ENGINEER AND MACHINIST’S DRAWING-BOOK.
shop contains the whole of the machinery and tools for
engine-work. The engine is placed at one end, and motion
is derived from it through lines of shafting properly
arranged along the shop ; it is also conveniently placed
for working the tools employed in the boiler-shop immedi-
The smithy is equal in width and height to the fitting-
shop, but is 21 feet shorter, to make room for the brass
foundry, being about 154 feet long. It contains fifteen
hearths, which are ranged along the walls, and placed
generally at 15 feet centres.
The boiler-shop, 42 feet wide by 86 feet long, and
18 feet high, is placed behind the erecting and fitting
shops; the grindery, 42 feet by 43 feet, is placed in the
angle of the boiler-shop and smithy, and completes the
block of buildings set apart for the heavy work.
The brass-foundry as already stated occupies a plot of
ground at the other end of the smithy, and is 20 feet
wide, by 42 feet.
The enlarged sections of the walls and footings, attached
to the plan, explain their formation and show how the
flooring is laid in.
To the left, the greater part of the building is occupied
by the carriage repairing shop, which is 129 feet 7 inches,
or about 130 feet wide, by 175 feet 6 inches long, and is
for the greater part 18 feet high. It is divided longitu-
dinally into two equal parts, about 57 feet wide, separated
by a central space for the traverser, 15 feet wide. In each
division there are eleven lines of, rails, making in all
twenty-two lines, placed at 15 feet centres, each of them
capable of receiving two carriages conveniently, or three
waggons of moderate length. Three of the outer lines
of rails are set apart for receiving and turning out the
vehicles, and have corresponding gateways; and by means
of the traverser in the middle of the shop, the vehicles
may be shifted to or from any part of the shop without
interfering with those already under cover.
An upper flat, 42 feet wide, is built over the outer part
of the carriage-shop, of the whole length, for the finer
repairs of the carriage-stock.
The saw-mill and timber store is 86 feet long and
42 feet wide, and is built against the end of the carriage
repair shop. The carriage smith and spring shop stands
next the saw-mill, it is 42 feet by 43 feet, and completes
the block of buildings arranged for the lighter class of
work pertaining to carriages and waggons.
In the interval, 84 feet, between the two main divisions
of the works, the heavy smithy is placed. The smithy is
84 feet long and 42 feet wide, and contains four hearths and
one steam-hammer. Behind the smithy, are the furnaces
and boilers required for the uses of the works, roofed over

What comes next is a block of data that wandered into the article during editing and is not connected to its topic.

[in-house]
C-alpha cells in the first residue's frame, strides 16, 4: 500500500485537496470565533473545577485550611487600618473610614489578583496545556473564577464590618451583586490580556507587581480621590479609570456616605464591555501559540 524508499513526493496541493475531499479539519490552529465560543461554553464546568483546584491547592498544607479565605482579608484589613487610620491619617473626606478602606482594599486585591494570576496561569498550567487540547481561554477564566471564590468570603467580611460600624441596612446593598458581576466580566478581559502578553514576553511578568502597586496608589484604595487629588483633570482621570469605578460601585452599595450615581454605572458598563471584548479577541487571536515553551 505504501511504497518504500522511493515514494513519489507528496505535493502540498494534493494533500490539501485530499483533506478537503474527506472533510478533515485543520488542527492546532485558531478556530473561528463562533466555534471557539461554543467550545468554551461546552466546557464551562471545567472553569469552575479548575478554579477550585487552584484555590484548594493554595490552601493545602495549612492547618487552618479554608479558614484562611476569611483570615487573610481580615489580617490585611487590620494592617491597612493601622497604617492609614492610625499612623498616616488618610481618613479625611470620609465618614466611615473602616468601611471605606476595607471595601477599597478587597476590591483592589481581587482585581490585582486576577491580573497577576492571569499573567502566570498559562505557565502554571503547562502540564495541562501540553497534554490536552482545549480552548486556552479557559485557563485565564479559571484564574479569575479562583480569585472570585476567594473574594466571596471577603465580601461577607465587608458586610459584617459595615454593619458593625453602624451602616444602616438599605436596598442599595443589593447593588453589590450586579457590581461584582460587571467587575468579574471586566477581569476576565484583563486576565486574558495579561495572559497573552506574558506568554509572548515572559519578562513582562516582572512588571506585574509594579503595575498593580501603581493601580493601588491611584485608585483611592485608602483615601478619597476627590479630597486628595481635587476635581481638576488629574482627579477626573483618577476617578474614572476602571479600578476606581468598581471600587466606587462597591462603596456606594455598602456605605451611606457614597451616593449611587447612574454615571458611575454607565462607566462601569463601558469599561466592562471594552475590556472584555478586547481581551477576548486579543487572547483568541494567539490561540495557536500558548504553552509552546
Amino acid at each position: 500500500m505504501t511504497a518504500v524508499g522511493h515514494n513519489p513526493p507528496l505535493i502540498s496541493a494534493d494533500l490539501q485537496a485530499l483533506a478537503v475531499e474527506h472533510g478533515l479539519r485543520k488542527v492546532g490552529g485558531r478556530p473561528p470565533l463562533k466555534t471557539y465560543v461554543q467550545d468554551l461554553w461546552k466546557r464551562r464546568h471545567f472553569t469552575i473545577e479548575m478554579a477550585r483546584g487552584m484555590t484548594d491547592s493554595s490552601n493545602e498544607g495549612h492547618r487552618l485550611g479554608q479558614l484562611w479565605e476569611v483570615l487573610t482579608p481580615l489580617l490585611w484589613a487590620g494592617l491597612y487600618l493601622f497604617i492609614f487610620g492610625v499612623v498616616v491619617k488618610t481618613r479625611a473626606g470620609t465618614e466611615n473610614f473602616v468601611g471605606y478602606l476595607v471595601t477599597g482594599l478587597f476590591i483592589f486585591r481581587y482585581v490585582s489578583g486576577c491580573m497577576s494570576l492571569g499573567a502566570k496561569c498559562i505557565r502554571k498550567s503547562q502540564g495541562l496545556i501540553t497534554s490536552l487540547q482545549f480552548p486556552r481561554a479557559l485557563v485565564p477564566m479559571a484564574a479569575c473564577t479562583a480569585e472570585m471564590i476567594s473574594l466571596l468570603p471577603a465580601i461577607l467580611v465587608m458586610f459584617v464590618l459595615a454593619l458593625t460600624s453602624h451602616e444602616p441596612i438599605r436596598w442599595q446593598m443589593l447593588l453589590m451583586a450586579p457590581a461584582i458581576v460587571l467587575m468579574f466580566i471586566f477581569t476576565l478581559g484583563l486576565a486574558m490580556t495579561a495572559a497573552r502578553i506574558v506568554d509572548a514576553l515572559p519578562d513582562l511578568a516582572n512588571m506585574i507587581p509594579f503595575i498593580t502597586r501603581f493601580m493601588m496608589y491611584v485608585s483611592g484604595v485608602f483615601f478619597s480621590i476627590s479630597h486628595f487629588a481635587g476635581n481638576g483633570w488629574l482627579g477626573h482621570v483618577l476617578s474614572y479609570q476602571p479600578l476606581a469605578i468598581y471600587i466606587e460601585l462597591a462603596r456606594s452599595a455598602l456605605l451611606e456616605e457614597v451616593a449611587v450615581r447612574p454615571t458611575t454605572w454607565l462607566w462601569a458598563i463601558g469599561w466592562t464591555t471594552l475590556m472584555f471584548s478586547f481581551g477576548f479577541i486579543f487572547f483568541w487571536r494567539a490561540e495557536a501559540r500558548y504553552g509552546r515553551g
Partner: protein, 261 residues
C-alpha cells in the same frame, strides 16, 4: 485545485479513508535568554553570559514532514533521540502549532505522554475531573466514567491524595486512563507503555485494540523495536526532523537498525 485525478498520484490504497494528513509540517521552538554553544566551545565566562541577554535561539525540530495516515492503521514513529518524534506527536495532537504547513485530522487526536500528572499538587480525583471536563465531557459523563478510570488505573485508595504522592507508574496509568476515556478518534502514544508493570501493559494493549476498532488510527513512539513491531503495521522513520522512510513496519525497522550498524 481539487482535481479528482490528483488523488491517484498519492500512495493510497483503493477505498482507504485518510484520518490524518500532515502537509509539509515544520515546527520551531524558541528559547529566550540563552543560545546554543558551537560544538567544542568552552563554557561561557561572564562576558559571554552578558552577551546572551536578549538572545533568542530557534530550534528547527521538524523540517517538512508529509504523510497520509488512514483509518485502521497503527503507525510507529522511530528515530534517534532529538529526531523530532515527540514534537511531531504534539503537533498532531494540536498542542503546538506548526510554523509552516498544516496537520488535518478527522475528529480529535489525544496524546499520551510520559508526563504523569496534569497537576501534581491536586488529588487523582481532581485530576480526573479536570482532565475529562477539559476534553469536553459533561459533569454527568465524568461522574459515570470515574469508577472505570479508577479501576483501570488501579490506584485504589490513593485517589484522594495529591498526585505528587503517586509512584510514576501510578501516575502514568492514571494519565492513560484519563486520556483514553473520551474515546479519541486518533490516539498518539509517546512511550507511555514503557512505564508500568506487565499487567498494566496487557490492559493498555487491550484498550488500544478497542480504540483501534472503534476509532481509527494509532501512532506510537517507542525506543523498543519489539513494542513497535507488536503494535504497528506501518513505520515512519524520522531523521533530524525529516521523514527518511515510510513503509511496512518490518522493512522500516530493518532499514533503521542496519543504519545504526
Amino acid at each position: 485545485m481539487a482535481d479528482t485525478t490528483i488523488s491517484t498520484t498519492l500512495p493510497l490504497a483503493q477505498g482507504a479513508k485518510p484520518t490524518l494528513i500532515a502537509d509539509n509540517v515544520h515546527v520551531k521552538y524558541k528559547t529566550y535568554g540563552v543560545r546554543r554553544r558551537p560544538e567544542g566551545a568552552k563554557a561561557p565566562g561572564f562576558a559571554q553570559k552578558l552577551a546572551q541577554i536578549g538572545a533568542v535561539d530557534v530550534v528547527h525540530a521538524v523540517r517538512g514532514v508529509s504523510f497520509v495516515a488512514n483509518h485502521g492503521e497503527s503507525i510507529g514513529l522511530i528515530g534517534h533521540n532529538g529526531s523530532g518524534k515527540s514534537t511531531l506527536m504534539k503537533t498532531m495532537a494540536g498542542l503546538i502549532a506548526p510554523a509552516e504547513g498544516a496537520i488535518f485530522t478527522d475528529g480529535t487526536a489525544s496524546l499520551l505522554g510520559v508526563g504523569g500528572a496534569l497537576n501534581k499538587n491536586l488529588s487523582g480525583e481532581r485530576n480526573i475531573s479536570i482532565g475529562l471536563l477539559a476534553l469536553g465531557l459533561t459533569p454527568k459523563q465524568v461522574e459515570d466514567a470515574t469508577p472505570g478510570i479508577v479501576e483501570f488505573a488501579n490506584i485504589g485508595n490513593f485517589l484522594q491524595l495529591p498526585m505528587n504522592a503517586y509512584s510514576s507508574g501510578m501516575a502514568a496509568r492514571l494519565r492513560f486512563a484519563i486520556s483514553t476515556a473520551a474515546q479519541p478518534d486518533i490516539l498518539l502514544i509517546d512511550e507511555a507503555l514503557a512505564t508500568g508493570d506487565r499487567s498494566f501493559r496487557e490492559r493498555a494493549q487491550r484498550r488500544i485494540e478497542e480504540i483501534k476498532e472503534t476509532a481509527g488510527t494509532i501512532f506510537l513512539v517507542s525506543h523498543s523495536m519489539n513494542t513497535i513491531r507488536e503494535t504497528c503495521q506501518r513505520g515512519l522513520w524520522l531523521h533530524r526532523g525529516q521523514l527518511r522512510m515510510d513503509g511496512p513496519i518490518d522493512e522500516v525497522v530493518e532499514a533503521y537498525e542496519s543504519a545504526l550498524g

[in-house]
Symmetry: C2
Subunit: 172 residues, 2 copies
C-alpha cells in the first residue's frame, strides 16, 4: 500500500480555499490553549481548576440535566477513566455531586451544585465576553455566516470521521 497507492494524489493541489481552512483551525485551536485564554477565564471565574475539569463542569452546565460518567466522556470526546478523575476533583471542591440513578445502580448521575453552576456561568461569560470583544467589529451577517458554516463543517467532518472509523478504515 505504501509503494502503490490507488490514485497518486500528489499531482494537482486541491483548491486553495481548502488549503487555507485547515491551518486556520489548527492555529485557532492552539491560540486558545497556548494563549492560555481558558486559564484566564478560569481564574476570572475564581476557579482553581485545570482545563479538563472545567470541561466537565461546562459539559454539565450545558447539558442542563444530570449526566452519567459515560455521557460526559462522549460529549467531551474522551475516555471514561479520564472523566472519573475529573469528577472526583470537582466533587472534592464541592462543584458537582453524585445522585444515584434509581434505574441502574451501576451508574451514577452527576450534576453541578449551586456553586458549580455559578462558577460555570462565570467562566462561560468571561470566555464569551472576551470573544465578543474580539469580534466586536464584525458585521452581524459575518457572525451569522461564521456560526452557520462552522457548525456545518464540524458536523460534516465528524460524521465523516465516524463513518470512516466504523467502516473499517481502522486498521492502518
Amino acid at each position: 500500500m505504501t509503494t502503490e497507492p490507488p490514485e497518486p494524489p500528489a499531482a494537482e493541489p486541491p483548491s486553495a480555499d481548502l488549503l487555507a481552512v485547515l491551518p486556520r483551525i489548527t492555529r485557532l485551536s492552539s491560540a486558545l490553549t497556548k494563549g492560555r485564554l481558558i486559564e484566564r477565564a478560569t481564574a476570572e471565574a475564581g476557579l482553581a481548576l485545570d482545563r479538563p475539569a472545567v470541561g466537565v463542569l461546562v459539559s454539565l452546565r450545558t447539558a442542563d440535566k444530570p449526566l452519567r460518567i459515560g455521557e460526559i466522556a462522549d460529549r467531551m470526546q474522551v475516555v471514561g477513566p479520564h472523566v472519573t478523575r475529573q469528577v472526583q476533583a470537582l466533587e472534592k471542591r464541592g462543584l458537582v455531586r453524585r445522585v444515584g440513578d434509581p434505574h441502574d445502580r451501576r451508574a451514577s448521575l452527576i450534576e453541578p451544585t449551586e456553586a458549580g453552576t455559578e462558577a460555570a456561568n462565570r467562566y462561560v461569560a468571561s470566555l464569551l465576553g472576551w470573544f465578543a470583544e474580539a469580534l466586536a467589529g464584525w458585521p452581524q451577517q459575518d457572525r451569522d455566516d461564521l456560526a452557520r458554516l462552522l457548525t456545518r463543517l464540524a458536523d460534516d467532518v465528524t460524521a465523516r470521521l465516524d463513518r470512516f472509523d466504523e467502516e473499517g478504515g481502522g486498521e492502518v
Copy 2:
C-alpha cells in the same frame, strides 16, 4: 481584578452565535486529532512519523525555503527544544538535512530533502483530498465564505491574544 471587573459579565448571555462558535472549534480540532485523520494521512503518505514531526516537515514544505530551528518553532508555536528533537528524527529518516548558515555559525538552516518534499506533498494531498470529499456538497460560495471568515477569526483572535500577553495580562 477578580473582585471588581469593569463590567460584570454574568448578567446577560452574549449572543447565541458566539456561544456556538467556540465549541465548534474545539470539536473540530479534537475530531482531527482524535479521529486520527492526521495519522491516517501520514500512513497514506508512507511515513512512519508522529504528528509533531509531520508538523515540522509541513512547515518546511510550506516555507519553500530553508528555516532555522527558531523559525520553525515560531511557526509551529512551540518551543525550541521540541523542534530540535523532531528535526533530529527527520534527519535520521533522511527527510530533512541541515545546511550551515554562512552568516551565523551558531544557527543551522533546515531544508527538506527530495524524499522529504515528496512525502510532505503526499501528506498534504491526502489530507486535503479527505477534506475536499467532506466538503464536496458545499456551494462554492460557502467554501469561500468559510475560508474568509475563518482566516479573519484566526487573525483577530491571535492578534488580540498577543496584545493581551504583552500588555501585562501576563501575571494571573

with corrugated sheet-iron; and in the distance is the
chimney, to which the flues from the furnaces are led
under ground. The chimney is 4 feet 3 inches square
inside at the bottom, 4 feet diameter at the top, and
90 feet high from the ground line. The base of the
chimney is 15 feet 6 inches square, and is carried at least
15 feet below the ground-line. It rests upon a timber
platform 16 feet 6 inches square, placed on piles and on
a bed of concrete 17 feet 6 inches square.
The walls and partitions of the building are of brick,
so also is the chimney. The floors are of timber, and the
upper floors over the carriage shop are carried upon cast-
iron columns. The roofing is of timber, and is detailed
in Plate XLIX. The doors also are of timber.
The engravings are very fully figured, and illustrate
very completely the manner in which working drawings
of work-shops are got up.
THE PROJECTION 0E SHADOWS.
Light is diffused through space in straight lines, and the
lines of light are called rays. When the source of light
is situated at a very great distance from the illuminated
objects, as in the case of the sun with relation to the earth,
the rays of light do not sensibly diverge, and may be re-
garded as exactly parallel to each other. Such is the case
in mechanical drawings, where the objects to be represented
are always regarded as illuminated by the solar light.
Light is called direct when it is transmitted to an
object without the intervention of any opposing medium.
But as all bodies subjected to the action of light possess,
in a greater or less degree, the property of giving out a
certain portion of it to the surrounding objects, this
reflected light becomes in its turn, though with greatly
diminished intensity, a source of illumination to those
objects which are deprived of direct light.
Everything which tends to intercept, or prevent the
direct light from falling upon a body, produces upon the
surface of that body a degree ot obscurity of greater or less
intensity; this is called a shade or shadow. Such effects
are usually classified as direct shadows, and cast shadows.
The shade proper, or shadow, as we shall simply
call it throughout this treatise, for the sake of con-
ciseness, is that which occurs on that portion of the
surface of a body which is situated opposite to the en-
lightened part, and is the natural result of the form of